Hiring a Texas Criminal Defense Lawyer: Six Factors to Consider
Most people who hire a criminal defense attorney have never been in trouble with the law before and have little idea on how to find the best criminal defense lawyer for their needs.
We would like for you to consider hiring Stradley Law for your defense, but whoever you hire, here is a practical list of Six Tips in Hiring a Texas Criminal Lawyer:
1. Are they Board Certified by the Texas Board of Legal Specialization?
The Texas Board of Legal Specialization was formed in 1974 by the Supreme Court of Texas at the request of the State Bar of Texas as a means of helping consumers find experienced, qualified specialized legal counsel. There's roughly 70,000 lawyers in Texas, but being a generalist may not prepare a lawyer to handle a specific area of the law.
You wouldn't want a roofer to be doing your electrician work just as you wouldn't want a generalist to do your important criminal case. To date, there's a little less than 150 Board Certified Criminal Defense lawyers in Houston.
Are there excellent Houston lawyers who are not board certified? Yes. But often it would be difficult, especially for a non-attorney to identify who they are.
More importantly, if an attorney has the experience and ability to become Board Certified in Criminal Law, why haven't they done it? If you interview an attorney who says they do criminal law but isn't Board Certified, ask why. It's not an expensive, difficult or time-consuming process if you have ample expertise in criminal law.
You can learn more about the Texas Board of Legal Specialization at "Why Choose a Texas Board Certified Lawyer."
2. How many years of experience do they have in Criminal Defense Law?
The skills and strategy of prosecuting criminal cases are not identical to those for defending criminal matters. Though certainly prosecution skills can be a great training ground for criminal defense, it's worth finding out how many years an attorney has defended the accused.
It can be an abrupt transition for a prosecutor to learn how to defend cases, not have the government pay for necessarily investigations, and learn the specialized techniques criminal defense lawyers use regularly.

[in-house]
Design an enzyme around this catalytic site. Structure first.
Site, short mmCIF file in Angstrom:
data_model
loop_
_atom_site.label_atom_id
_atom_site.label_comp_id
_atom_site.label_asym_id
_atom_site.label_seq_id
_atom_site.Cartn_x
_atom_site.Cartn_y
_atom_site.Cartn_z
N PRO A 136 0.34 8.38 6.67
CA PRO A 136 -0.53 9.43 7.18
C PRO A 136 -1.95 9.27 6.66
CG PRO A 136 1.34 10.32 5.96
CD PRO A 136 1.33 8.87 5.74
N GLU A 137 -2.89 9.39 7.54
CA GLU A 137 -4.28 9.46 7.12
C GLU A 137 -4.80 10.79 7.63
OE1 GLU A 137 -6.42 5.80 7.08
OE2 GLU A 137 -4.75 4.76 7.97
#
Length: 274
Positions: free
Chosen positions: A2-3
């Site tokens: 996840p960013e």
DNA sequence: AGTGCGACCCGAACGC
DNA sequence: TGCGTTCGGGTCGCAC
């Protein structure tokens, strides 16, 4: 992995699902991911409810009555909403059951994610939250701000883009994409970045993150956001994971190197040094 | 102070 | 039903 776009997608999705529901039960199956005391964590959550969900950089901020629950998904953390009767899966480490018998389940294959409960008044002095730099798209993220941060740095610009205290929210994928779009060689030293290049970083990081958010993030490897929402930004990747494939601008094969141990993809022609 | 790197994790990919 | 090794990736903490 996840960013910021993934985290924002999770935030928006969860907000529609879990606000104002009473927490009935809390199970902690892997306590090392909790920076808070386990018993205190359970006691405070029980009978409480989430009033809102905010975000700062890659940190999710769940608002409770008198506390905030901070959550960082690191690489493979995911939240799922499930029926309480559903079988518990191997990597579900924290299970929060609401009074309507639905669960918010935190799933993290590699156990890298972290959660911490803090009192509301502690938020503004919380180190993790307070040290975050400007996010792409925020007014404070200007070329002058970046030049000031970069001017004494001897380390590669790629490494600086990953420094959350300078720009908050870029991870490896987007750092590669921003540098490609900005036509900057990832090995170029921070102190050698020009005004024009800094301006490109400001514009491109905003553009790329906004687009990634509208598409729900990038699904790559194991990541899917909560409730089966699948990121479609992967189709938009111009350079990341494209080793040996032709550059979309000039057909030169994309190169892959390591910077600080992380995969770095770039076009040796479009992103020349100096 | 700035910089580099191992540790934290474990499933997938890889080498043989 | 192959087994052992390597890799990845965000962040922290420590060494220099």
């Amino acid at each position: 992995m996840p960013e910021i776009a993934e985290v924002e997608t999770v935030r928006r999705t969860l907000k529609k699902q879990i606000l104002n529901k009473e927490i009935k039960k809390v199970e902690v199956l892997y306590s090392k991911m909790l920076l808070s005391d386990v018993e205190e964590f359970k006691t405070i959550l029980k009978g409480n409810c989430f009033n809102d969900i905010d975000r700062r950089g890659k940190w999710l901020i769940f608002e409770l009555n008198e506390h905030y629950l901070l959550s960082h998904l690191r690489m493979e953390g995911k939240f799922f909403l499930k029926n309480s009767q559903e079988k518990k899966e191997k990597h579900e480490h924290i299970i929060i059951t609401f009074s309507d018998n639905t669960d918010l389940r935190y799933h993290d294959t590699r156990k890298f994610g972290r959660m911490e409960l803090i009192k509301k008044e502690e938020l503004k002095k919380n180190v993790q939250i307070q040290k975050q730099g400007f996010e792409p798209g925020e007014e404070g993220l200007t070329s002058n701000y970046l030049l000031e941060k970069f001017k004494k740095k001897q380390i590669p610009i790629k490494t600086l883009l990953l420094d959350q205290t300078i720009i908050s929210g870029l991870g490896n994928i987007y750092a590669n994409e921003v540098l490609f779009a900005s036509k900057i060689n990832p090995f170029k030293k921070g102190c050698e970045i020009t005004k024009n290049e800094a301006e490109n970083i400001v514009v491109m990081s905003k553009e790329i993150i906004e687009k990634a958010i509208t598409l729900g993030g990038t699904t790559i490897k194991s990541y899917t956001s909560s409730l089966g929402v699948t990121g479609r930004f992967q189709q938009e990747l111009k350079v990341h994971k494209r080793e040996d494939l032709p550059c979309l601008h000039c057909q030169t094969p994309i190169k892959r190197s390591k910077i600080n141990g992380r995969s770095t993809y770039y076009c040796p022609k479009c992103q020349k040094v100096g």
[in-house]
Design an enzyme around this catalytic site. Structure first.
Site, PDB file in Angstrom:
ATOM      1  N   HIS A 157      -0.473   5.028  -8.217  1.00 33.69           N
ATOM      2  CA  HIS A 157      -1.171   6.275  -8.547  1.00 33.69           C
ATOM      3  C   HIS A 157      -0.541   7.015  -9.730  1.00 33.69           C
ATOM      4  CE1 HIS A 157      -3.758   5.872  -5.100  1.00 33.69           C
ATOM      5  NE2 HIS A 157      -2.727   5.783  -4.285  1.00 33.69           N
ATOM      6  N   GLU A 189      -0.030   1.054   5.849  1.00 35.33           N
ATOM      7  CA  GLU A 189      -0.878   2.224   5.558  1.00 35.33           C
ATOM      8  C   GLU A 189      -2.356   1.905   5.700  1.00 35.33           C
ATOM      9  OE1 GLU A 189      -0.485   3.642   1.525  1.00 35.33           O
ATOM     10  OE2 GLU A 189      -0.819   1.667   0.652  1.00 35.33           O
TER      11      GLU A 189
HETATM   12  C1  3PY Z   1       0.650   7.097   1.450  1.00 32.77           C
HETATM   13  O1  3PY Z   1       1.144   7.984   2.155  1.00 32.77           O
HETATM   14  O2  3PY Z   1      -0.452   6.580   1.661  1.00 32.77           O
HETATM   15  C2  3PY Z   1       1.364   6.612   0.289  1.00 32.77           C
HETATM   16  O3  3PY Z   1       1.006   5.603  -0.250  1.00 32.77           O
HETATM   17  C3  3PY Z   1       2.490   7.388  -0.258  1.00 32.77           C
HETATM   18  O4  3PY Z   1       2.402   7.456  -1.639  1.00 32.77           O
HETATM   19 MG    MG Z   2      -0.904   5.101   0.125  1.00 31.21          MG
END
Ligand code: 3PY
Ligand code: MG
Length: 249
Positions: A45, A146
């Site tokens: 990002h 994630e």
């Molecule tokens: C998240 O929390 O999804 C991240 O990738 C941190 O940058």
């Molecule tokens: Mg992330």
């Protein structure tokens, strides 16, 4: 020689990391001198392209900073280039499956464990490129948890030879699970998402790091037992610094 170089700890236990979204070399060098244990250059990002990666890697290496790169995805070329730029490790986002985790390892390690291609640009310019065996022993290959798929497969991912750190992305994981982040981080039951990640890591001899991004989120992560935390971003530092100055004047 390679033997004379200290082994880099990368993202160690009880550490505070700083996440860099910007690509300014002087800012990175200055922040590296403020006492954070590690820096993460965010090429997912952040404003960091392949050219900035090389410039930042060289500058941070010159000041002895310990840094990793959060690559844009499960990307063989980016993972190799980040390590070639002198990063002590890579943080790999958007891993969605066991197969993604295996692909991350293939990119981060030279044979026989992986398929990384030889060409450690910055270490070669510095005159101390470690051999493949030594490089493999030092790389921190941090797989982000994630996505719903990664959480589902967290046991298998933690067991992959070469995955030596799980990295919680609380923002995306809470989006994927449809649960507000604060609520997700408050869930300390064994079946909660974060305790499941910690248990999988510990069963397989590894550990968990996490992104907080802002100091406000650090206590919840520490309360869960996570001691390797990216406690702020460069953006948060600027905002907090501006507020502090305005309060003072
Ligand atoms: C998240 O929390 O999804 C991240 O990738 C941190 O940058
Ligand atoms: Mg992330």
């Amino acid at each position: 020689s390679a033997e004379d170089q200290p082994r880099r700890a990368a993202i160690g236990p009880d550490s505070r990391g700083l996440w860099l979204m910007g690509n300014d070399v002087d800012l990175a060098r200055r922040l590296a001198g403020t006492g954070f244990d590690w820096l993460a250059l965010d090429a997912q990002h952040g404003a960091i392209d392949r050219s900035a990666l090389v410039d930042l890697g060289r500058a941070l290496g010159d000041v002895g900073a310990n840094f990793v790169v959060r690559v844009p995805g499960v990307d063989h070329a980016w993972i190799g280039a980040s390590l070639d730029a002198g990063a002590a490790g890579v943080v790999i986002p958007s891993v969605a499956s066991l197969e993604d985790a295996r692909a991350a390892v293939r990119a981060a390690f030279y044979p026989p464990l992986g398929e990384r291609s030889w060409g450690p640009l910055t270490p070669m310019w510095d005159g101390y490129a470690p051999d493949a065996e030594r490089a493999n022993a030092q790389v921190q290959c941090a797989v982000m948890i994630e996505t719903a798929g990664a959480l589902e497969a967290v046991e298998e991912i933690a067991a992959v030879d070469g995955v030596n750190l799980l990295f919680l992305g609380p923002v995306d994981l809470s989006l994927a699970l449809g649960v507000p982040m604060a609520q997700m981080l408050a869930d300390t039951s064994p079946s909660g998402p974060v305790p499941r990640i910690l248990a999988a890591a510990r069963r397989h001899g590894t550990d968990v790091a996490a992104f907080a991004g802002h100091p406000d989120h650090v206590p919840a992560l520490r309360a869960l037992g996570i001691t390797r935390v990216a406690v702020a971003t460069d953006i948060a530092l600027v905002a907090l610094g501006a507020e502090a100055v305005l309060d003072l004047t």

3. Do they have experience in prosecuting cases?
The best training ground for criminal defense attorneys is being former prosecutors. They learn what techniques prosecutors use, so then it makes it easier to counter those moves. In addition, prosecutors are forced to try many cases in a short period of time. The way to be a better advocate is to get a lot of experience being in front of a judge and jury, and there is no substitute for going through the prosecution experience.
Working at the District Attorney's office also gives insight on how the process works from the prosecution's perspective.
Are the good criminal defense lawyers that have never prosecuted cases? Yes, but it may be hard to identify them or discover whether they've even received the basic training that most prosecutors receive. Some criminal defense attorneys may brag that they've never been on the prosecution side, but that might be a bit like bragging that they have less experience and education.
4. Do you communicate well with your lawyer? Do they give you personal, one-on-one service?
Most people accused of a crime have never been in trouble with the law before. It can be a emotionally challenging feeling when some see you as a criminal. Your relationship with your criminal lawyer is one that requires a great deal of trust, confidence, caring. You need a lawyer who is both approachable to you but able and aggressive in the courtroom.
And it doesn't matter if you feel a rapport with your lawyer if the case ends up with some associate with the law firm.
Find out who is going to be handling your case and whether you feel comfortable working with that lawyer.
5. Do you feel comfortable with the lawyer being your representative in the courthouse, your face to judges, prosecutors, juries?
Not only is it important for your lawyer to be able and approachable, you also need someone who you feel comfortable will be able to communicate to judges, prosecutors and juries. Being a good book lawyer isn't enough–you need someone who is skilled in both negotiations and trials.
Ask yourself as you are interviewing a lawyer: Would you feel comfortable with this person being your public face to the judicial system?
6. Are you comfortable with their fee structure?
Nobody wants to pay too much for a service. But it is mistake to have price be your first priority when hiring a criminal defense lawyer.
Typically, fees don't just involve the time involved with the case, but also factor in the experience, qualifications and ability of the lawyer to get results. Law is more of an art than a science. There is no one right way of handing a criminal case as dealing with prosecutors, police, grand juries, and judges involves great nuance and experienced judgment.
Due to the nature of criminal practices, it is most common for lawyers to be paid up front. In addition, there should be a clear written fee agreement.
Some criminal lawyers do not charge for an entire representation but rather per court setting. This practice is not common among experienced attorneys and in the long run can lead to unexpected costs as the legal process tends to go a lot slower than people would like.
Want to learn more about fees? Please visit Stradley Law's fee page.
Consider Stradley Law for Your Criminal Case.
Please set up a time for a free initial consultation with Stradley Law at (713) 224-5455. Do not delay. Often early representation by a qualified, experienced criminal defense attorney can get better results.